Twenty Percent

How much of policing is connected to mental health issues? – obviously you could play all day with the definitions that would have to apply to any proper analysis of that question – what do you mean by “connected”; what do you mean by “mental health issues”.  And yet the question remains important even if we haven’t got time to do a quick stroll through the philosophy of mental illness and the history of semantics to agree upon some kind of standard as to what we mean … what, precisely, do you mean by “illness” and “semantics”?!

As this is a policeman’s blog – I’ve never pretended to be an academic  – so I’ve given my gut instinct in the title – twenty percent.

One in five, of all demands in policing is ‘connected’ to ‘mental health issues’ … we knew that we could pull-off a claim about fifteen percent, because the Centre for Mental Health claimed this several years ago on the basis of some decent research.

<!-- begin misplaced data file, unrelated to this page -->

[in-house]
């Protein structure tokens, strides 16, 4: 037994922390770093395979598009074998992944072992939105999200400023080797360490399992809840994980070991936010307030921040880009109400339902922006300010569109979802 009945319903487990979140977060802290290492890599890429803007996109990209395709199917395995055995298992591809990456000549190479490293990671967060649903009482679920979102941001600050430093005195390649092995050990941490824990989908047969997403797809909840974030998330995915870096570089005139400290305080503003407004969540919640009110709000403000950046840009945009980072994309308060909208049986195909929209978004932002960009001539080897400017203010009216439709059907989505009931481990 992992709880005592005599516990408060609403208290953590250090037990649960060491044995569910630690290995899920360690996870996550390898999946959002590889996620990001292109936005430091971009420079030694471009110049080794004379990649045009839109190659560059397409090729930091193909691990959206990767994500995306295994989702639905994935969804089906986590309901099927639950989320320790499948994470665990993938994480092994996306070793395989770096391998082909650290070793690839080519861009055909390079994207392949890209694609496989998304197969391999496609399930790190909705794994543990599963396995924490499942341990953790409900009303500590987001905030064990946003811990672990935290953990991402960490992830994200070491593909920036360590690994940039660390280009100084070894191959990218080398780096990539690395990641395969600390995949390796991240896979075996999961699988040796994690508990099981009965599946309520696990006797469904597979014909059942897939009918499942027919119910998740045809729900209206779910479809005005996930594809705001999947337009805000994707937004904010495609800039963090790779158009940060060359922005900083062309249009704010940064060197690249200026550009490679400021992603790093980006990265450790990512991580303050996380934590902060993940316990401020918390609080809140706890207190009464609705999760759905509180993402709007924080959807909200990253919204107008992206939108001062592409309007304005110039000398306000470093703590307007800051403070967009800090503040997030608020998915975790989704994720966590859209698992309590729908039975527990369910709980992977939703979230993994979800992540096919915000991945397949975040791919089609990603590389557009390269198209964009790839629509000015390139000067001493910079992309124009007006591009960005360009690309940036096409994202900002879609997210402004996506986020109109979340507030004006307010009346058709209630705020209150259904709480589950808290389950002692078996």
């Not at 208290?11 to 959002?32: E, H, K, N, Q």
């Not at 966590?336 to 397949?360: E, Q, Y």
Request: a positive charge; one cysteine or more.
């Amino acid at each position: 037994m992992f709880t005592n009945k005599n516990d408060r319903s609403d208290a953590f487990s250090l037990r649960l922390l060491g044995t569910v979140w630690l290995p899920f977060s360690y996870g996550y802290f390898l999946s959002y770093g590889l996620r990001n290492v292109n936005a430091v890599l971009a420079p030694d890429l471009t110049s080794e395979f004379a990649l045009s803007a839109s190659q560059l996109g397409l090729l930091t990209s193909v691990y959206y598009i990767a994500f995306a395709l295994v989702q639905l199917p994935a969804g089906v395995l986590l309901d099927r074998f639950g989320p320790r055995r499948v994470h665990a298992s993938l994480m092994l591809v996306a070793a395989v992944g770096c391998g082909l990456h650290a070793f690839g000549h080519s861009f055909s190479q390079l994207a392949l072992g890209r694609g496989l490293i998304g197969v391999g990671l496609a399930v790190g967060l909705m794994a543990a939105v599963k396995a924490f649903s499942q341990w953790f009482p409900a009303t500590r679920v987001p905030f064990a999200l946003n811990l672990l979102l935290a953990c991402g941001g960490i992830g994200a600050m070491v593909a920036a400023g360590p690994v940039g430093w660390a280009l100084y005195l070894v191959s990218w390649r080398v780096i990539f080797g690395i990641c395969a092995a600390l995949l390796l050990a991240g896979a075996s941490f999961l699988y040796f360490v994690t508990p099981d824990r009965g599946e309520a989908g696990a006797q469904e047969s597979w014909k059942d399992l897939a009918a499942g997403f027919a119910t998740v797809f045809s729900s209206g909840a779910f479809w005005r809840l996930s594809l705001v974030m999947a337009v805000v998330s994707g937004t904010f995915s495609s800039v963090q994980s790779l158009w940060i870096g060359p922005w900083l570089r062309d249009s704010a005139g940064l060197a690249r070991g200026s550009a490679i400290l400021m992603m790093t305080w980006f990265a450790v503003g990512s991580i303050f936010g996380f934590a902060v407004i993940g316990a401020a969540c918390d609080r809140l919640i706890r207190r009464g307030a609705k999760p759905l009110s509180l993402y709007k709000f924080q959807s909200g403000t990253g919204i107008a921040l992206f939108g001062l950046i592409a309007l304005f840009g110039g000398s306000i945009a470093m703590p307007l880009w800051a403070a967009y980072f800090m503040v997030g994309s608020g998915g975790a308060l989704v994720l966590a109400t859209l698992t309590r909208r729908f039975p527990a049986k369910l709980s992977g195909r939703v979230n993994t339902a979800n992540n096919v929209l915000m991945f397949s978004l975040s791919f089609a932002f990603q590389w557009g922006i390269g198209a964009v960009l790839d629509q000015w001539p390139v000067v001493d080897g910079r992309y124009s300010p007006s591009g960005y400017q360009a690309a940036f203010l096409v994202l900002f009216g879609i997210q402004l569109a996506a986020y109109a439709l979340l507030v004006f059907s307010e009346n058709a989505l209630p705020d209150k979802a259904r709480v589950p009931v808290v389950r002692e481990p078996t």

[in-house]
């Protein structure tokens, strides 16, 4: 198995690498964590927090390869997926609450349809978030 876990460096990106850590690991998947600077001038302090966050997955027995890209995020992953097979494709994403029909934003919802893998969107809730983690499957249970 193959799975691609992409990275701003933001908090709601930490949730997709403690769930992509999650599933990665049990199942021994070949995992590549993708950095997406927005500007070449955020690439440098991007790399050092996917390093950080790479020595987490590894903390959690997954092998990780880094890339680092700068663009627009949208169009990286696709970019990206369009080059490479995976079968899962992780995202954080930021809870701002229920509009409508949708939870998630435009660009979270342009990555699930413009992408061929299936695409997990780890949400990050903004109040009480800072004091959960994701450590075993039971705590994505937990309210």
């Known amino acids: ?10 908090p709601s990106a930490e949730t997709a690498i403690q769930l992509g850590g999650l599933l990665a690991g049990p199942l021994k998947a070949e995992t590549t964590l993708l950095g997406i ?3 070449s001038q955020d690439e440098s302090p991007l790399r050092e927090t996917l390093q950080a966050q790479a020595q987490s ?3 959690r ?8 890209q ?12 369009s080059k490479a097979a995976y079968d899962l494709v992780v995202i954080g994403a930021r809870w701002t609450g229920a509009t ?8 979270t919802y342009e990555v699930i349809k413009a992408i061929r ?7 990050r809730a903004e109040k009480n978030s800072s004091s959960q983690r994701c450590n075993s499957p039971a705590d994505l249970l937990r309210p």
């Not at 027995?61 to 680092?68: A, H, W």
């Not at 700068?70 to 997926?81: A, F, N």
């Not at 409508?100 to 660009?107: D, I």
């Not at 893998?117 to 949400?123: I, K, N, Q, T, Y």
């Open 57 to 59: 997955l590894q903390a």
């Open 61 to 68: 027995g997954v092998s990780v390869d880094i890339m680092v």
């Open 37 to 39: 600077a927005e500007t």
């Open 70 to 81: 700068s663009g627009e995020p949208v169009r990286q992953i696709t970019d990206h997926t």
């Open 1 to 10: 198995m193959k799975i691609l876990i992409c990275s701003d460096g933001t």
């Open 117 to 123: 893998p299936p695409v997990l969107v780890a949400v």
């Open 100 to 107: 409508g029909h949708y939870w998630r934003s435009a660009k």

I’m also happy to admit that twenty percent is very probably an underestimate of prevalence but there are various reasons why we don’t want pitch the claim any higher.


I keep coming up with this number when I do little spot samples of different things.  At work I sometimes keep a little count of calls to which my officers are sent in an hour; the number of persons in custody at any given time; the number of people who are reported missing at any given time; the crime investigations for which my team take initial action – which may include arresting an identified offender or not – I look at the totals for these things and the number of those events which are obviously connected to mental health issues.

At least twenty percent – it keeps coming up over and over again.

Remember I talked about “failure demand“? – I try to keep a  track of that too.  What proportion of these incidents become demand for the police because of other failures or inabilities in our broader “mental health system”.  I include failures or inabilities in policing as well as in health or mental health related services.  Failure demand in mental health jobs for the police often runs at fifty percent.  This means demand that was only created because previous interventions did not occur or did not occur correctly.